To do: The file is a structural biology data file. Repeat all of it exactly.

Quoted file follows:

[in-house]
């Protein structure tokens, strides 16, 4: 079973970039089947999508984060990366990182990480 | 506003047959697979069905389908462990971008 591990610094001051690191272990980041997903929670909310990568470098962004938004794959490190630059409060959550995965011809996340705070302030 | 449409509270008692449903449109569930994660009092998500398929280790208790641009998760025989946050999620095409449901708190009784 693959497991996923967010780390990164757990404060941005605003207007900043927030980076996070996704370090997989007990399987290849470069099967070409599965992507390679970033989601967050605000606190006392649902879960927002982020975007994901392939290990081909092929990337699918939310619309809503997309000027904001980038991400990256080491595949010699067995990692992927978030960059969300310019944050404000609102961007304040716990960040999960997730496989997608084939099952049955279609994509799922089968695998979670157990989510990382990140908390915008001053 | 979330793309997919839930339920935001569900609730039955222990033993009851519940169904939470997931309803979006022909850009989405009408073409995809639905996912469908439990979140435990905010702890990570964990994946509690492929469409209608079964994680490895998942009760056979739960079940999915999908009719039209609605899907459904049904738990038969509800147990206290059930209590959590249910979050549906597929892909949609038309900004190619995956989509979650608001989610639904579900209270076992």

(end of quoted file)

[in-house]
């Protein structure tokens, strides 16, 4: 079973970039089947999508984060990366990182990480 | 506003047959697979069905389908462990971008 591990610094001051690191272990980041997903929670909310990568470098962004938004794959490190630059409060959550995965011809996340705070302030 | 449409509270008692449903449109569930994660009092998500398929280790208790641009998760025989946050999620095409449901708190009784 693959497991996923967010780390990164757990404060941005605003207007900043927030980076996070996704370090997989007990399987290849470069099967070409599965992507390679970033989601967050605000606190006392649902879960927002982020975007994901392939290990081909092929990337699918939310619309809503997309000027904001980038991400990256080491595949010699067995990692992927978030960059969300310019944050404000609102961007304040716990960040999960997730496989997608084939099952049955279609994509799922089968695998979670157990989510990382990140908390915008001053 | 979330793309997919839930339920935001569900609730039955222990033993009851519940169904939470997931309803979006022909850009989405009408073409995809639905996912469908439990979140435990905010702890990570964990994946509690492929469409209608079964994680490895998942009760056979739960079940999915999908009719039209609605899907459904049904738990038969509800147990206290059930209590959590249910979050549906597929892909949609038309900004190619995956989509979650608001989610639904579900209270076992």